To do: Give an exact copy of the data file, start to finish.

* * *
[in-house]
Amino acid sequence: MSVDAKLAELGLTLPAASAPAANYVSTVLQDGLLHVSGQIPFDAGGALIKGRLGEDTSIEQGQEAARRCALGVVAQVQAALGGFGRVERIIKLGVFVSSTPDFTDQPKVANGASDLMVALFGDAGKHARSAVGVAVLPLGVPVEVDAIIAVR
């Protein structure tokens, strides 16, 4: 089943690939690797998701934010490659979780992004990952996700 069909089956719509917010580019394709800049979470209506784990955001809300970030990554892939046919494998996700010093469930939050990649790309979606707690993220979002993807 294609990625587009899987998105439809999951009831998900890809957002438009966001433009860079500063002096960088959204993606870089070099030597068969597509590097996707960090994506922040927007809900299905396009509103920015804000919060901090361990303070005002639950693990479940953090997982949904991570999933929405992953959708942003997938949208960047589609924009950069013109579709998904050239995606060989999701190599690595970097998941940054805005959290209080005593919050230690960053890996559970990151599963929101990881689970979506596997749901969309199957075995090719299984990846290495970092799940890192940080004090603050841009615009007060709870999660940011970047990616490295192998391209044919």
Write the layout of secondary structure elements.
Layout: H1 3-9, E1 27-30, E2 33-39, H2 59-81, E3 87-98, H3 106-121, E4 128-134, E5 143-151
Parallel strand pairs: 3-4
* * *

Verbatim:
[in-house]
Amino acid sequence: MSVDAKLAELGLTLPAASAPAANYVSTVLQDGLLHVSGQIPFDAGGALIKGRLGEDTSIEQGQEAARRCALGVVAQVQAALGGFGRVERIIKLGVFVSSTPDFTDQPKVANGASDLMVALFGDAGKHARSAVGVAVLPLGVPVEVDAIIAVR
């Protein structure tokens, strides 16, 4: 089943690939690797998701934010490659979780992004990952996700 069909089956719509917010580019394709800049979470209506784990955001809300970030990554892939046919494998996700010093469930939050990649790309979606707690993220979002993807 294609990625587009899987998105439809999951009831998900890809957002438009966001433009860079500063002096960088959204993606870089070099030597068969597509590097996707960090994506922040927007809900299905396009509103920015804000919060901090361990303070005002639950693990479940953090997982949904991570999933929405992953959708942003997938949208960047589609924009950069013109579709998904050239995606060989999701190599690595970097998941940054805005959290209080005593919050230690960053890996559970990151599963929101990881689970979506596997749901969309199957075995090719299984990846290495970092799940890192940080004090603050841009615009007060709870999660940011970047990616490295192998391209044919």
Write the layout of secondary structure elements.
Layout: H1 3-9, E1 27-30, E2 33-39, H2 59-81, E3 87-98, H3 106-121, E4 128-134, E5 143-151
Parallel strand pairs: 3-4